So it is easy to pick on medicine by comparing where it and law were 225 years ago. But that isn't a fair comparison, and it has little to do with the state of the art today.

That is an example of the Straw Man propaganda technique — set up a weak opponent and then knock him down to make yourself look strong and victorious. The author has a resentment against modern medicine because the doctors will not agree with his ideas of "spiritual healing", so he attacks the doctors who lived 225 years ago, trying to make modern medicine look stupid.

And medicine did not "move out of its primitive beginnings and join the revolution in science" like it was some slow, stupid laggard. Medicine was one of the biggest and most important parts of the scientific revolution. What could be more revolutionary and important to the average citizen, and really transform his life more than not dying and not having to watch his children die from horrible things like staphylococcus, streptococcus, polio, small pox, typhoid, tetanus, diptheria, cholera, whooping cough, or The Black Plague? Mother Nature had some truly horrendous little surprises for the average man back in the days when the Constitution was written, but we do not live in terror of those things today. The other visible aspects of the scientific revolution, like steam engines and electric light bulbs, were relatively unimportant, compared to watching all of your children get sick and die — or watching them not die because the doctors could now somehow save them.

Beep! Beep! Warning! Bullshit Alert! The author is trying to play mind games on your head by presenting false logical arguments. He wants you to believe that modern medicine is stupid, and is slow to learn, and that is why modern medicine doesn't use "spiritual healing." But our doctors don't use Voodoo dolls, witchcraft, or Gypsy hexes to treat their patients either, and it isn't because the doctors are stupid or slow to learn about "spiritual medicine".

In fact, the author's logic is completely backwards: Historically, modern medicine finally made great progress precisely because it finally abandoned superstitious things like faith healing and "spiritual medicine" and overthrew the dictates and medical restrictions of the Roman Catholic Church,1 and rigorously applied the scientific method to all medical studies.

"Spiritual medicine" and faith healing have most assuredly been studied and tested. It isn't as if no one wanted faith healing or other magical cures to work — hundreds of millions of people have wished that they would work, because in the distant past, that was all they had. It isn't as if no one thought such alleged "spiritual cures" worth examining. They have been examined and tried, and tested, often, for many centuries — for thousands of years, in fact — and they were found to not work. That is why we use things like penicillin, streptomycin, and tetracycline for treating our diseases today, rather than magical incantations, rattle-shaking, charms, prayers, spells, exorcisms, or voodoo dolls.

But the author cries that spiritual healing has been so totally ignored and misunderstood that nobody knows how good it is. And if only the doctors would get their act together, we could apply spiritual healing to all kinds of ailments. And the author implies with his title, "A Peek Into Twenty-First-Century Medicine", that in the future, we will return to using superstition and voodoo for medical treatment.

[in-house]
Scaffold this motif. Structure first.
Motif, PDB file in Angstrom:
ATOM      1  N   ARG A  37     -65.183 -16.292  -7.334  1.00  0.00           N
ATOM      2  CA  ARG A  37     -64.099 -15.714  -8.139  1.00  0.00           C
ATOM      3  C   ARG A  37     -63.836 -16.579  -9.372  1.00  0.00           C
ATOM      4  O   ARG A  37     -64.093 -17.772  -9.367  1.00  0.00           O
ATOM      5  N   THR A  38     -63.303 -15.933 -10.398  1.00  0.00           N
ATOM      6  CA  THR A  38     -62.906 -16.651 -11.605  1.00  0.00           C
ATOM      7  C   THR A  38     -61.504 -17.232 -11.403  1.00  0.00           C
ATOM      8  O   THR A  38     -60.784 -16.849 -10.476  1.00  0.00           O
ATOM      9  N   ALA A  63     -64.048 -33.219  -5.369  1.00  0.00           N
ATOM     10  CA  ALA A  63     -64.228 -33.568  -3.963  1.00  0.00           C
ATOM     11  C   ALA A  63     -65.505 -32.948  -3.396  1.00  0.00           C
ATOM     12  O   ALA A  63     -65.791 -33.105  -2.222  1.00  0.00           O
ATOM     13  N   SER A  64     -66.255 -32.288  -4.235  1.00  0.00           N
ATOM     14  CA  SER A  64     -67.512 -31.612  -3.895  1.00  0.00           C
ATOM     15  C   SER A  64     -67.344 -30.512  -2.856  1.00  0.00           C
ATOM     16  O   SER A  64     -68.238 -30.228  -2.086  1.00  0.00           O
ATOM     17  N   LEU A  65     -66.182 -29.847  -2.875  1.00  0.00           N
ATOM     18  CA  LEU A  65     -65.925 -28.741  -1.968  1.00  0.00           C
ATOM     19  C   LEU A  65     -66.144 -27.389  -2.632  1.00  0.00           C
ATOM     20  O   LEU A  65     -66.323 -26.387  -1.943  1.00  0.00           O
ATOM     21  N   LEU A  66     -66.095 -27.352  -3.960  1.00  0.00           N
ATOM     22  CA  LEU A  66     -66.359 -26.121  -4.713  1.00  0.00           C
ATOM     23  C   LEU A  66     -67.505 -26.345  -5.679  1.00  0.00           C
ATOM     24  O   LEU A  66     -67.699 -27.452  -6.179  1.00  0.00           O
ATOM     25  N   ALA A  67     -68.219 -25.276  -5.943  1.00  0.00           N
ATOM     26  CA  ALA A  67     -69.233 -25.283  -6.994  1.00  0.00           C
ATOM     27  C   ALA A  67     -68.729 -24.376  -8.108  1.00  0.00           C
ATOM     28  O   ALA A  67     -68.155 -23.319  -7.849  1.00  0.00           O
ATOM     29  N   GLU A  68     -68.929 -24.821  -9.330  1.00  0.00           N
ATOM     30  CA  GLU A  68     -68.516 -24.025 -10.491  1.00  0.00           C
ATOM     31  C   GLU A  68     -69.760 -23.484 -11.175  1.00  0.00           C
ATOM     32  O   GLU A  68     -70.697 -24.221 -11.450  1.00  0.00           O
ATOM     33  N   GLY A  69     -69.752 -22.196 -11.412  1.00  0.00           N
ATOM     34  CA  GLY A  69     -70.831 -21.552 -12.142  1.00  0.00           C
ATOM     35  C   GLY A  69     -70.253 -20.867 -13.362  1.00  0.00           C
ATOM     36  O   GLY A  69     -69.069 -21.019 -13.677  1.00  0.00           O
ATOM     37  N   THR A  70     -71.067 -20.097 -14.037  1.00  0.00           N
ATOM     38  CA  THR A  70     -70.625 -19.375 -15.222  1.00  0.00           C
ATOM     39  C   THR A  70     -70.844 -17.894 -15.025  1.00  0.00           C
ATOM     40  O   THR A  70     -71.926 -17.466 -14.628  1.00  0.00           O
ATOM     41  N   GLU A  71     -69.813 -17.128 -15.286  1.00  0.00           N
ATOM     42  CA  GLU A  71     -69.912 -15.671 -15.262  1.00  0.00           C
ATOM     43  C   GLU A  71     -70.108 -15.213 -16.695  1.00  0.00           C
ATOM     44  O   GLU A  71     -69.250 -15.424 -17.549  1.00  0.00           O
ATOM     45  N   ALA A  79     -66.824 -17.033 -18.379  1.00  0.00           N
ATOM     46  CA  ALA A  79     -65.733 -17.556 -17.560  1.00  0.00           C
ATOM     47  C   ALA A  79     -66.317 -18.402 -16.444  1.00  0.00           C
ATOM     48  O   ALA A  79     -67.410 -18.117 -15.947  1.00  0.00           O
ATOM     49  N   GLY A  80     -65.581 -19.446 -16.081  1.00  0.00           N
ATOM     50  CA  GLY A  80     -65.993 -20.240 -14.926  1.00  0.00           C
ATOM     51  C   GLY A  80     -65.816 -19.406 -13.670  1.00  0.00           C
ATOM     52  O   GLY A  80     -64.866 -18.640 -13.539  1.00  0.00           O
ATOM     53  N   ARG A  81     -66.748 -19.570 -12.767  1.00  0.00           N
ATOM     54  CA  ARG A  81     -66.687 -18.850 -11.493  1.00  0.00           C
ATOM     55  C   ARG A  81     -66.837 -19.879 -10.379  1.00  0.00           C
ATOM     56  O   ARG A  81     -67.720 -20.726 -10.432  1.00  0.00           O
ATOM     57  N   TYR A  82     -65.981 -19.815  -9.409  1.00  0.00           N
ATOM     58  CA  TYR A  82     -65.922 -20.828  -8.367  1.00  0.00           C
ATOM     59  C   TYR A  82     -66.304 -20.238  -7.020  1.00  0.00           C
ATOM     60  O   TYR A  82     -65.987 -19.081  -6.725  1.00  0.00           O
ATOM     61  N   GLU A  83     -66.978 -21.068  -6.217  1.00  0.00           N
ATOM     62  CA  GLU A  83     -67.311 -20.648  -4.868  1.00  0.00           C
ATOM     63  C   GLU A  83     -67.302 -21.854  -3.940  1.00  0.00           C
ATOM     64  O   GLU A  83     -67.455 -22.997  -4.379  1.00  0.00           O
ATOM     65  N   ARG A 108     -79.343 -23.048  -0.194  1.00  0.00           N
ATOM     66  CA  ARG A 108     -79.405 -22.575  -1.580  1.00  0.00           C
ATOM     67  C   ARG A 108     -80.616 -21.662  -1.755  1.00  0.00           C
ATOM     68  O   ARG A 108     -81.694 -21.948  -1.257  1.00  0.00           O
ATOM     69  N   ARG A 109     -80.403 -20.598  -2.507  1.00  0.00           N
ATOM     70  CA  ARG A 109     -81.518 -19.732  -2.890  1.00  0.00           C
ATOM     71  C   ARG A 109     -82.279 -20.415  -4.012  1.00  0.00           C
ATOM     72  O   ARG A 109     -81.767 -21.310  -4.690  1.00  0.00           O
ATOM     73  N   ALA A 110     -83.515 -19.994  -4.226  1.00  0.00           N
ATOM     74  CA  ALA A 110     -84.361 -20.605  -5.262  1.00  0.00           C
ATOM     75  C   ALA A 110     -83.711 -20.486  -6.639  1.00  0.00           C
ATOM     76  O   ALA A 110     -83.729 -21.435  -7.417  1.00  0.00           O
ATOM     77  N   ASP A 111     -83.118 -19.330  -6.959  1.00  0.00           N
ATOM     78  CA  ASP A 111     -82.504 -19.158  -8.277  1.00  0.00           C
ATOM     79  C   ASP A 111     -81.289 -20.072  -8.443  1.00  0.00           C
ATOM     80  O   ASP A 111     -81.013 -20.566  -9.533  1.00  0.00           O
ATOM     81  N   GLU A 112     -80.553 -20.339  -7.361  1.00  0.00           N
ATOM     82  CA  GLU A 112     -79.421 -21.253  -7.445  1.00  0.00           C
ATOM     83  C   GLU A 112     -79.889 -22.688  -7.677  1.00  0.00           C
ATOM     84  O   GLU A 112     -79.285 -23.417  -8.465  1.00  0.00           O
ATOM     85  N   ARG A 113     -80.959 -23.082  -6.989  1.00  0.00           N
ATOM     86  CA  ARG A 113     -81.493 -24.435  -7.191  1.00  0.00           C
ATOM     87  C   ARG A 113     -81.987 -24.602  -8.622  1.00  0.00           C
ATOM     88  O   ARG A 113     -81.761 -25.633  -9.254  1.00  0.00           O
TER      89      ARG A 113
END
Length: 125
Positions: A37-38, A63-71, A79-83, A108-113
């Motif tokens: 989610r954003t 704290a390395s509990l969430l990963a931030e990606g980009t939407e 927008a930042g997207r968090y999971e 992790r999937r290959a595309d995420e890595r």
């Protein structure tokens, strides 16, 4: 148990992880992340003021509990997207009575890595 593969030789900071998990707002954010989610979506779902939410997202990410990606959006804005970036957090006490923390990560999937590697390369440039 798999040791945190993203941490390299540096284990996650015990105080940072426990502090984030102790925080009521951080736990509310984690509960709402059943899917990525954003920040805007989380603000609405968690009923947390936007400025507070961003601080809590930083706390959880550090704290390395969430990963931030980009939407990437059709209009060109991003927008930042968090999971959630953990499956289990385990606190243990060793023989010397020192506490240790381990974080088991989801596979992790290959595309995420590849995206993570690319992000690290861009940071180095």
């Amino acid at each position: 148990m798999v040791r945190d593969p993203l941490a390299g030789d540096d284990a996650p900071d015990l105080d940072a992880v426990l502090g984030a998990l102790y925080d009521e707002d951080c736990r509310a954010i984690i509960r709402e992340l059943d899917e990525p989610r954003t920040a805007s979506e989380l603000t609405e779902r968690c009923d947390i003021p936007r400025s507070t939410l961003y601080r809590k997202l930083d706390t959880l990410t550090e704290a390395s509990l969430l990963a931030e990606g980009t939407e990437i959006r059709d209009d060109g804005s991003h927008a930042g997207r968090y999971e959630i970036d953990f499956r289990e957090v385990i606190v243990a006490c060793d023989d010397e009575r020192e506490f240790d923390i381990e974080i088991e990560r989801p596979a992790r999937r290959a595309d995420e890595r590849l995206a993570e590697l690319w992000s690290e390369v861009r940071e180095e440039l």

Obviously, the author has some very funny religious beliefs, as well as some funny medical opinions. And he wants to shove those beliefs on the rest of us. (Is he trying to practice medicine without a license?)

The article continues:

The problem of alcoholism

Ironically, the most powerful example of the spiritual dimension of healing was first seen in conjunction with one of the most virulent physical and mental diseases: alcoholism.
...
In 1935, Robert Smith and William Wilson began a process that would revolutionize the treatment of this disease. Both men were hopeless alcoholics who, by a miracle of fate, were brought together to overcome their common problem. The experience of these two men and the next 100 "recovering alcoholics" led to a program called the Twelve Steps of Alcoholics Anonymous (AA). This formula has now helped several million people break the bonds of addiction to alcohol and other drugs. And it has been successfully extended to help those trapped in other addictive habits, such as gambling and overeating.

This is totally untrue. Again, the author is trying to shove his superstitious beliefs and cult dogma on us as established facts. He uses an illogical argument like "Everybody knows that the Earth is flat...":
"Everybody knows that the A.A. program works, and keeps millions sober."

Nothing could be further from the truth. It doesn't work. It has never worked. A.A. doesn't have a success rate, it has a horrendous failure rate, like 98 or 99 or 100 percent. But the true believers just ignore that, and continue to chant, "Keep Coming Back! It Works!" and "RARELY HAVE we seen a person fail who has thoroughly followed our path..."

Repeating the lie a thousand times won't make it come true, although they have had great success in fooling people into believing that Alcoholics Anonymous has a working program.

Almost everything in that brief history of Alcoholics Anonymous is a gross exaggeration or a lie. Even the "next 100" phrase is dishonest. There were about 40 A.A. members at the time that Bill Wilson bragged about the "First 100", and approximately half of those first 40 A.A. members relapsed and died drunk.